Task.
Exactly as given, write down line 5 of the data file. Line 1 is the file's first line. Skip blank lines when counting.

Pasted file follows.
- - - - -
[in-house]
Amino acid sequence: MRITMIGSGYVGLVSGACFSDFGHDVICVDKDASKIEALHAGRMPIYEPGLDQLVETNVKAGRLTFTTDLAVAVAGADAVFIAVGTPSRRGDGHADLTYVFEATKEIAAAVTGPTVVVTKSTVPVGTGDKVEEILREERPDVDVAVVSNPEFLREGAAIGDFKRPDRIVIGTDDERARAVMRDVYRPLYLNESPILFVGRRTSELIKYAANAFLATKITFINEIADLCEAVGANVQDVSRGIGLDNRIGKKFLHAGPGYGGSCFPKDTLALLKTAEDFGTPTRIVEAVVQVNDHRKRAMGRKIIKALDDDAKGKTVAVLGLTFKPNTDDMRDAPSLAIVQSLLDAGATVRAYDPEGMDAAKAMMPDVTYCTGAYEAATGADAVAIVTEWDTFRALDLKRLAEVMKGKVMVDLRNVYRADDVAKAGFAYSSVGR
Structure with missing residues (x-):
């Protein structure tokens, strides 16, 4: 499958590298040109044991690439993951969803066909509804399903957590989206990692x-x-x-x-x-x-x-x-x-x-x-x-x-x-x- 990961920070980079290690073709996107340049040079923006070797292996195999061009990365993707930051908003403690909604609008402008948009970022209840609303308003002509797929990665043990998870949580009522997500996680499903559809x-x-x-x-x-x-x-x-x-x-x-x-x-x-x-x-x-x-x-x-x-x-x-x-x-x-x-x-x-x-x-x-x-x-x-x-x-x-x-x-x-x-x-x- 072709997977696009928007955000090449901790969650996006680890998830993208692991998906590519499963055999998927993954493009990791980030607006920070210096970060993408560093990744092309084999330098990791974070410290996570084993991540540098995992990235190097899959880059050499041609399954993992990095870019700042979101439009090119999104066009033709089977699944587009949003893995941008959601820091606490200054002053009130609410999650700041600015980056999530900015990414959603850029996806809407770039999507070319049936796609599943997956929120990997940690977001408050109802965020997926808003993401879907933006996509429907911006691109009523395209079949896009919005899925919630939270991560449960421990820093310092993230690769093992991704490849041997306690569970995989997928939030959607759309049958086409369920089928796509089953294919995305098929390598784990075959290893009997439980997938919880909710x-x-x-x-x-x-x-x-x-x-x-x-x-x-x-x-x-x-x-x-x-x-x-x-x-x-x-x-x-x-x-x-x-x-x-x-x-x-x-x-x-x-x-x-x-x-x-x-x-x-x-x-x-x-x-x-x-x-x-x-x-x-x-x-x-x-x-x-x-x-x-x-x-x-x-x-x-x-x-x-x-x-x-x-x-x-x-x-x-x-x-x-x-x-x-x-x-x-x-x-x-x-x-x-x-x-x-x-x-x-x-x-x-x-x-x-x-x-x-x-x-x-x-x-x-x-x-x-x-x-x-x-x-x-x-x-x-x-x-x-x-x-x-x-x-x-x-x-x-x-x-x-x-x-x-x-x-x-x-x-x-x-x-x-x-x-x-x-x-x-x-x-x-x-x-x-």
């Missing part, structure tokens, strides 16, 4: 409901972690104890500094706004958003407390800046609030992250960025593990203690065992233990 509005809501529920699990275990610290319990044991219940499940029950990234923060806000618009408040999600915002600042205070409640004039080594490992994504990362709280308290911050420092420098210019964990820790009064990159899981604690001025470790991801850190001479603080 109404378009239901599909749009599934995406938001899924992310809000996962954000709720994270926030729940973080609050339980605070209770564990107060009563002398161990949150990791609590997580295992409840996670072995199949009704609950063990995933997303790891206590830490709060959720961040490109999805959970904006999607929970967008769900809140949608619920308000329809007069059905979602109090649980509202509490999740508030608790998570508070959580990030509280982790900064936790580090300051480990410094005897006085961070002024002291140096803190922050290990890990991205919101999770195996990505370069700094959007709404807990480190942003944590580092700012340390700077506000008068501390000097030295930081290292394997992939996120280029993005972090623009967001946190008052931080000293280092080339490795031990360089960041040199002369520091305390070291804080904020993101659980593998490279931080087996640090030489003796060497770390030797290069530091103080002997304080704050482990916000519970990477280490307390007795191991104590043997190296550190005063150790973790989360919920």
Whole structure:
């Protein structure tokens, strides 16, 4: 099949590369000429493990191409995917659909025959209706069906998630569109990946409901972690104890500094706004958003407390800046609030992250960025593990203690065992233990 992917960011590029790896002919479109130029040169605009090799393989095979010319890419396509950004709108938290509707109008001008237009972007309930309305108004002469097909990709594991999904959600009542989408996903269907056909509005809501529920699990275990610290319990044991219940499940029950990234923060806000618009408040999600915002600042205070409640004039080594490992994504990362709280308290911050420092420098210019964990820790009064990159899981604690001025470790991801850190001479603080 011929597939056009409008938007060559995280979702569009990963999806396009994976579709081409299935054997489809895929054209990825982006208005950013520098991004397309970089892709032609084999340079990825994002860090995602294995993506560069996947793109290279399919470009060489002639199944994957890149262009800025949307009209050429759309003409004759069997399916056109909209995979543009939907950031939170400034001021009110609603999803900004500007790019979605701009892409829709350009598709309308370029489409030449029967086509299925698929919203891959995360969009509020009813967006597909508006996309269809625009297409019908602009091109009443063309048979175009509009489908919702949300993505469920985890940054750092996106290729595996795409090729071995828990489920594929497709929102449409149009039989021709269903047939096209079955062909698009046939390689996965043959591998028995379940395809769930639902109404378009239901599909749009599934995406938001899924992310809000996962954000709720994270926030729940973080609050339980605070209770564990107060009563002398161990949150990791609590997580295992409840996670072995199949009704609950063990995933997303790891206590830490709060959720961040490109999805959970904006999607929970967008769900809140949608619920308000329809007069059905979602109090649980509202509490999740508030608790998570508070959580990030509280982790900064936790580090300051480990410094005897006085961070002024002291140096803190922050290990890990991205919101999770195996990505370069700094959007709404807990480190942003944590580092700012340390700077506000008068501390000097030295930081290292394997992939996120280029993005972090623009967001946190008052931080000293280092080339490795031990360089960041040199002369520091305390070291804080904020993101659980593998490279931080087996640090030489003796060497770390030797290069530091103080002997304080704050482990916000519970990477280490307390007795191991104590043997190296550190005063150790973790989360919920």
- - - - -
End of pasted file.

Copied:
């Missing part, structure tokens, strides 16, 4: 409901972690104890500094706004958003407390800046609030992250960025593990203690065992233990 509005809501529920699990275990610290319990044991219940499940029950990234923060806000618009408040999600915002600042205070409640004039080594490992994504990362709280308290911050420092420098210019964990820790009064990159899981604690001025470790991801850190001479603080 109404378009239901599909749009599934995406938001899924992310809000996962954000709720994270926030729940973080609050339980605070209770564990107060009563002398161990949150990791609590997580295992409840996670072995199949009704609950063990995933997303790891206590830490709060959720961040490109999805959970904006999607929970967008769900809140949608619920308000329809007069059905979602109090649980509202509490999740508030608790998570508070959580990030509280982790900064936790580090300051480990410094005897006085961070002024002291140096803190922050290990890990991205919101999770195996990505370069700094959007709404807990480190942003944590580092700012340390700077506000008068501390000097030295930081290292394997992939996120280029993005972090623009967001946190008052931080000293280092080339490795031990360089960041040199002369520091305390070291804080904020993101659980593998490279931080087996640090030489003796060497770390030797290069530091103080002997304080704050482990916000519970990477280490307390007795191991104590043997190296550190005063150790973790989360919920």